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ENGINEERING IS a process, not a result. An excellent example of this is development of the Rolls-Royce Merlin aircraft engine, renowned for powering the Avro Lancaster, de Havilland Mosquito, Hawker Hurricane, Supermarine Spitfire, and 39 others of the world’s aircraft.
The PV-12 stood for “Private Venture, 12-cylinder,” its PV indicating that Rolls-Royce received no government funding for development. Nor was it a straightforward success: As one example, the engine’s innovative evaporative cooling proved to be unreliable. Once U.S. ethylene glycol became available, the PV-12 was converted to conventional liquid cooling because of its efficiency.
The first Hawker Hurricanes and Supermarine Spitfires, entering production in 1936, were PV-12-powered. Government funding followed.
The Merlin I and its successors are given a detailed description in Classic World War II Aircraft Cutaways, by Bill Gunston, in association with The Aeroplane and Flight magazines, Osprey Aerospace, 1995. This book contains many period photographs as well as stunning cutaway drawings by J.H. Clark of The Aeroplane and Max Millar of Flight.
Gunston notes, “Many on the Allied side would say the Rolls-Royce Merlin was the greatest aero engine of World War 2. It was certainly the most famous. Incidentally, though in wartime RAF slang anything really good was called ‘wizard,’ and Merlin was a famous wizard, the engine was named after a bird of prey, like its predecessors.” The merlin is a small Northern Hemisphere falcon (Falco columbarius).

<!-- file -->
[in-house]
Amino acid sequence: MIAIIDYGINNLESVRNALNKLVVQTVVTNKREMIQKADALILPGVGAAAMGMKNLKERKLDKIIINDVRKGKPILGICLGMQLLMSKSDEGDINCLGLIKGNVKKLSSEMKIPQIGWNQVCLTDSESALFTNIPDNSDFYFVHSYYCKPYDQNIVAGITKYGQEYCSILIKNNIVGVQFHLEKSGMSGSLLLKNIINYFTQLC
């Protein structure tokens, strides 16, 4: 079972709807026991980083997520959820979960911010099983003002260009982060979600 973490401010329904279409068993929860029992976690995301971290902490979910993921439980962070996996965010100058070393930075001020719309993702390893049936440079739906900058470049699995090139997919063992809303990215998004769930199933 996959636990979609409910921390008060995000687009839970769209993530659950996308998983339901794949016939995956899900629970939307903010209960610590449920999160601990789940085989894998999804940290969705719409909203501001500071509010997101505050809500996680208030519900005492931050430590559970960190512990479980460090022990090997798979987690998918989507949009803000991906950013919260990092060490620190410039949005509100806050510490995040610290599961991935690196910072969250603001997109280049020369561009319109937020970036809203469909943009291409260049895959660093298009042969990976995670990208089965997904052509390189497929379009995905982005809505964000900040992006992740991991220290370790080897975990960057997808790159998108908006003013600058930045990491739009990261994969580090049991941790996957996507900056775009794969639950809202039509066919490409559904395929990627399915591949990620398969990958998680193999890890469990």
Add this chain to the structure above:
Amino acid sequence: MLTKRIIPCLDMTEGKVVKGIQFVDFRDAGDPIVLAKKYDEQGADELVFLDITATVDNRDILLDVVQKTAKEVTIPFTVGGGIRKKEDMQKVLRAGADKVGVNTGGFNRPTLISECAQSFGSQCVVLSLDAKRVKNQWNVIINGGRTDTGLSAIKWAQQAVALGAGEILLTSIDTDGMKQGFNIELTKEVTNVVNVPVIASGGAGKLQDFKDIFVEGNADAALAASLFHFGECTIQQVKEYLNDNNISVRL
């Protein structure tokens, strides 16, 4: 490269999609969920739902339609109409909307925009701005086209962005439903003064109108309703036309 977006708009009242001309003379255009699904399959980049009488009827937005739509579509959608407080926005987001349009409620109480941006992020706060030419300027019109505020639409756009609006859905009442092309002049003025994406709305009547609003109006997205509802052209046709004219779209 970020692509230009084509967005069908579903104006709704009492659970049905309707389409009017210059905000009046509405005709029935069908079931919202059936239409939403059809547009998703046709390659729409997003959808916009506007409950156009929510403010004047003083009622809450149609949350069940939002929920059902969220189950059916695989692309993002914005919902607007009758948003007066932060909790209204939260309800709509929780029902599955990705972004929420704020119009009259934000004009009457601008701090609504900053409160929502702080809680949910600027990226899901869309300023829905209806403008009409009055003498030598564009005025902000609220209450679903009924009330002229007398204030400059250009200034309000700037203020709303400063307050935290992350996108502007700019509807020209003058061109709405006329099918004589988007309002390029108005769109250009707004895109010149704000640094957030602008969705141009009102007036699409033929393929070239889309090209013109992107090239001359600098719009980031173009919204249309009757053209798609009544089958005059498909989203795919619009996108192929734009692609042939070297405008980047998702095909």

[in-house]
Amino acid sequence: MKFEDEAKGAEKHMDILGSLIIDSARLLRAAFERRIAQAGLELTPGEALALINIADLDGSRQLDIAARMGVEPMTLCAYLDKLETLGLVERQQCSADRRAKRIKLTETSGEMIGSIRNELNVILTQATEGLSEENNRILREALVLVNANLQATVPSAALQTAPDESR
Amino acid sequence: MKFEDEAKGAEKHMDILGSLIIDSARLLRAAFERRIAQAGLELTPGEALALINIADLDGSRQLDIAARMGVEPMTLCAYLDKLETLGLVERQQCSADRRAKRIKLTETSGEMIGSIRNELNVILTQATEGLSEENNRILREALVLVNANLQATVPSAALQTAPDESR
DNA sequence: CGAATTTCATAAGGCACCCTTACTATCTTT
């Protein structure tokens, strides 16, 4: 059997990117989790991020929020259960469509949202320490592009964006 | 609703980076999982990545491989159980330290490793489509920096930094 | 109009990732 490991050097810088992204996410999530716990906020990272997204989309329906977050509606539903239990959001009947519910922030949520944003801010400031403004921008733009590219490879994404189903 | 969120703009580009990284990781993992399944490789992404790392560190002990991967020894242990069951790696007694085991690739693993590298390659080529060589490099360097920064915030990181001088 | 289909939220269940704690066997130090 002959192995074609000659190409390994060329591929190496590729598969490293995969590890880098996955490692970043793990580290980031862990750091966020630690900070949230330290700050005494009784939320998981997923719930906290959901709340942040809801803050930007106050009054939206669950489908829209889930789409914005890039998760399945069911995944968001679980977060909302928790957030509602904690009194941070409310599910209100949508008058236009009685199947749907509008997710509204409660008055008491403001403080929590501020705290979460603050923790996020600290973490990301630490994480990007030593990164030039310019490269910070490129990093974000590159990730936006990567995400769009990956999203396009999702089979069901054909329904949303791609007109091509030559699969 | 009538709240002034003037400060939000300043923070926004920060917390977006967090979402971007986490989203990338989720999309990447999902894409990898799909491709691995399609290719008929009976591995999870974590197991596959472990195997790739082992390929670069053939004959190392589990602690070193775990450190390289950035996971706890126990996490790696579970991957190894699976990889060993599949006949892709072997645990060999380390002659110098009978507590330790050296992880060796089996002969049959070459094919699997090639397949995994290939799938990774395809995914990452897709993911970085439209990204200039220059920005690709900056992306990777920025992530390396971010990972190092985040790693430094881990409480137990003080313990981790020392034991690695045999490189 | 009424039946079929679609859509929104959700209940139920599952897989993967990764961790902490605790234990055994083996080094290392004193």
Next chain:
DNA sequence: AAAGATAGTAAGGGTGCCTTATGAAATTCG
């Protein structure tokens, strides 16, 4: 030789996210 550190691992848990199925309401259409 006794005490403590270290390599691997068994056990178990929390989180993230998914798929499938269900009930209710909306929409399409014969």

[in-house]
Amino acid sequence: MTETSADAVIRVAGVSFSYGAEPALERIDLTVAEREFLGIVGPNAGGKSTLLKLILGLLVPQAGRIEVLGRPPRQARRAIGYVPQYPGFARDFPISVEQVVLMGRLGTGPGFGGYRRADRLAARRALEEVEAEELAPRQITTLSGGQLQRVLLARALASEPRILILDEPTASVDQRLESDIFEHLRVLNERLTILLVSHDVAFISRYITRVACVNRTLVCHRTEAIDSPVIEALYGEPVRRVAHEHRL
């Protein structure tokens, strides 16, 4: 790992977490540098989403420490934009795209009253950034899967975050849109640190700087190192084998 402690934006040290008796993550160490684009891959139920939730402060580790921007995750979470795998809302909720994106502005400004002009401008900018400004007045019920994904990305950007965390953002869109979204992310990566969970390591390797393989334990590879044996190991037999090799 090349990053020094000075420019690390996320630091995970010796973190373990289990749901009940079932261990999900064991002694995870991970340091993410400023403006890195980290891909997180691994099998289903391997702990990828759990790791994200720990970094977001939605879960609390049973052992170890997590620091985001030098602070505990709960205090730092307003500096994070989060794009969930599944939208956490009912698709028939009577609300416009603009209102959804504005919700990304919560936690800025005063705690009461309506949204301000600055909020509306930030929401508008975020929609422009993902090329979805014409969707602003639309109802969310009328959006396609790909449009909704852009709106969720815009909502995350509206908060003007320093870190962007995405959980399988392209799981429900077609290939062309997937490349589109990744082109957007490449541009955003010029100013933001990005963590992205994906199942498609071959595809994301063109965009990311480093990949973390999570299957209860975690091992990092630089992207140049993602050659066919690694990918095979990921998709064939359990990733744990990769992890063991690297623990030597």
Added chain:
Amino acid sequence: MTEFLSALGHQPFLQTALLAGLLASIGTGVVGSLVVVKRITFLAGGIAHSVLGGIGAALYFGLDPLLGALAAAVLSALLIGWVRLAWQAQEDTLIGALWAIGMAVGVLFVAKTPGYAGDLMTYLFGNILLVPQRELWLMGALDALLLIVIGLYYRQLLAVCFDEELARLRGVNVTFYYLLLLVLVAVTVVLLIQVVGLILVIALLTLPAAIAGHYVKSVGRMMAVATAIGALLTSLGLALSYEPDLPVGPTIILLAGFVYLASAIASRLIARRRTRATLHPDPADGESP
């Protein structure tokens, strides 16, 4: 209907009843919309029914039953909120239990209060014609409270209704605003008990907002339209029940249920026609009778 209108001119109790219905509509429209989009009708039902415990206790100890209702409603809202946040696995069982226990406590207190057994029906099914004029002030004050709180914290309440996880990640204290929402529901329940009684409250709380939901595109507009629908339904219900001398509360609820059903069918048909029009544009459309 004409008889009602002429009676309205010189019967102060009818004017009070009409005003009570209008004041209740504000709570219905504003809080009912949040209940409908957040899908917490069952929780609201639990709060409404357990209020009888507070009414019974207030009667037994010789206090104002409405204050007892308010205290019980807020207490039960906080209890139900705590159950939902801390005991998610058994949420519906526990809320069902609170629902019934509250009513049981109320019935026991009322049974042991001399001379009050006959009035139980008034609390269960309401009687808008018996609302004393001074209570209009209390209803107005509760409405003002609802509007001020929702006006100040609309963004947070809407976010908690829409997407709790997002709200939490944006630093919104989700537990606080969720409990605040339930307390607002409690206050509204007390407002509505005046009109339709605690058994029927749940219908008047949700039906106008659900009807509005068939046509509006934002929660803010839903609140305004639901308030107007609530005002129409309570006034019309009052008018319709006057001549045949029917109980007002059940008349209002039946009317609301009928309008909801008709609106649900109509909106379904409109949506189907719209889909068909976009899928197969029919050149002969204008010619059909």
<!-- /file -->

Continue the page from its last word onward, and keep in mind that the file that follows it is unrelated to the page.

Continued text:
The Merlin was a V-12 with its vee aligned upward, unlike, for example, the Benz DB 601’s inverted-vee as installed in the Messerschmitt Bf 109. Gunston notes, “In the earliest drawings and mock-up, the engine was inverted, which has much to commend it (for example, in a single-engine aircraft it gives the pilot a better view when taxiing), but this arrangement was eventually considered un-British.”
This upright vee design had a set of reduction gears to translate the crankshaft’s rotation up to propeller height. Originally a double-helical gear, it was soon replaced with plain spur gears.
Engineering Refinements Continue. The Merlin had four valves per cylinder, two intake and two exhaust, actuated by a single overhead camshaft per bank. Though the engine featured one of the best superchargers in the world, its initial engineering displayed oddities of compressed air flow and other less- than-optimal ducting. An aerodynamicist, “Doc” Stanley Hooker, was charged with bringing things right with the supercharger and its intake ducting.
Also, notes Guston, “The carburettor float chambers incorporated the simple pierced diaphragms invented by Miss Tilly Shilling at Farnborough so that the engine kept running smoothly under negative-G (so that a [Messerschmitt] Bf 109 pilot couldn’t get away so easily by simply pushing the nose of his fighter over and diving for the deck—the favourite evasive maneuvre since the invasion of Poland.”
Just-in-Time Engineering. The result of these and other engineering refinements was the Merlin XX, which entered production in July 1940. The Battle of Britain commenced on July 10 of that year.
Guston notes, “Just in time for the Battle of Britain, 100-octane fuel became available, enabling boost pressure in combat power to be doubled, from 6 lb/sq in to 12 lb/sq in, raising power to over 1300 hp. This made a vital difference to the results of one-v-one combats against the Bf 109E.”
Hats off to “Doc” Stanley Hooker and Miss Tilly Shilling. And also to cutaway artist extraordinaire James H. Clark. ds
© Dennis Simanaitis, SimanaitisSays.com, 2018